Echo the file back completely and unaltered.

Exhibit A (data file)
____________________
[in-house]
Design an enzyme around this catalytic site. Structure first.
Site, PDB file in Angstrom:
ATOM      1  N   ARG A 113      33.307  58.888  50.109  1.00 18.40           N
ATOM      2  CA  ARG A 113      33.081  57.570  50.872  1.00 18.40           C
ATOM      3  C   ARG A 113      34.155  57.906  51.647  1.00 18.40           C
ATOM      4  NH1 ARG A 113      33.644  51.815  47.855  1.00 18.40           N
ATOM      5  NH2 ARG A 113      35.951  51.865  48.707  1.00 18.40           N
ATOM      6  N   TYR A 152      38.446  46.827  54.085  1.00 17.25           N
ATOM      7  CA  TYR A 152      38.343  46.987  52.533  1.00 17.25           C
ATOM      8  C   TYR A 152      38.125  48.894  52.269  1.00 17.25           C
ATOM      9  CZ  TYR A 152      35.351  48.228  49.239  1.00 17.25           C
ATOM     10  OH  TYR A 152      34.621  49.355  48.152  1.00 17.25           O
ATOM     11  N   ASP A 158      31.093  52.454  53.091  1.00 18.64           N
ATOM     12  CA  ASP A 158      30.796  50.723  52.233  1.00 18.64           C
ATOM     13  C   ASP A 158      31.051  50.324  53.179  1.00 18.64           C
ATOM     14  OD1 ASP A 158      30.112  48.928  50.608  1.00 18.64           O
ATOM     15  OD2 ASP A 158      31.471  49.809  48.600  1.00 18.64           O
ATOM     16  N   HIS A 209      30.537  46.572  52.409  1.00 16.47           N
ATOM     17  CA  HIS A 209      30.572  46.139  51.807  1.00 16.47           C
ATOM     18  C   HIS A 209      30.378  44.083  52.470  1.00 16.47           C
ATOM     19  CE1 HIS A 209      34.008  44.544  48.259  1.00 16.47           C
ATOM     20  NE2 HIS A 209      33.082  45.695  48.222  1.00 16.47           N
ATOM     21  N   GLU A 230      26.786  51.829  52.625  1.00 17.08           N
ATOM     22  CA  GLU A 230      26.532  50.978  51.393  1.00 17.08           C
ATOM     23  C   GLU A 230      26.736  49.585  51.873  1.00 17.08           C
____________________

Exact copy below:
[in-house]
Design an enzyme around this catalytic site. Structure first.
Site, PDB file in Angstrom:
ATOM      1  N   ARG A 113      33.307  58.888  50.109  1.00 18.40           N
ATOM      2  CA  ARG A 113      33.081  57.570  50.872  1.00 18.40           C
ATOM      3  C   ARG A 113      34.155  57.906  51.647  1.00 18.40           C
ATOM      4  NH1 ARG A 113      33.644  51.815  47.855  1.00 18.40           N
ATOM      5  NH2 ARG A 113      35.951  51.865  48.707  1.00 18.40           N
ATOM      6  N   TYR A 152      38.446  46.827  54.085  1.00 17.25           N
ATOM      7  CA  TYR A 152      38.343  46.987  52.533  1.00 17.25           C
ATOM      8  C   TYR A 152      38.125  48.894  52.269  1.00 17.25           C
ATOM      9  CZ  TYR A 152      35.351  48.228  49.239  1.00 17.25           C
ATOM     10  OH  TYR A 152      34.621  49.355  48.152  1.00 17.25           O
ATOM     11  N   ASP A 158      31.093  52.454  53.091  1.00 18.64           N
ATOM     12  CA  ASP A 158      30.796  50.723  52.233  1.00 18.64           C
ATOM     13  C   ASP A 158      31.051  50.324  53.179  1.00 18.64           C
ATOM     14  OD1 ASP A 158      30.112  48.928  50.608  1.00 18.64           O
ATOM     15  OD2 ASP A 158      31.471  49.809  48.600  1.00 18.64           O
ATOM     16  N   HIS A 209      30.537  46.572  52.409  1.00 16.47           N
ATOM     17  CA  HIS A 209      30.572  46.139  51.807  1.00 16.47           C
ATOM     18  C   HIS A 209      30.378  44.083  52.470  1.00 16.47           C
ATOM     19  CE1 HIS A 209      34.008  44.544  48.259  1.00 16.47           C
ATOM     20  NE2 HIS A 209      33.082  45.695  48.222  1.00 16.47           N
ATOM     21  N   GLU A 230      26.786  51.829  52.625  1.00 17.08           N
ATOM     22  CA  GLU A 230      26.532  50.978  51.393  1.00 17.08           C
ATOM     23  C   GLU A 230      26.736  49.585  51.873  1.00 17.08           C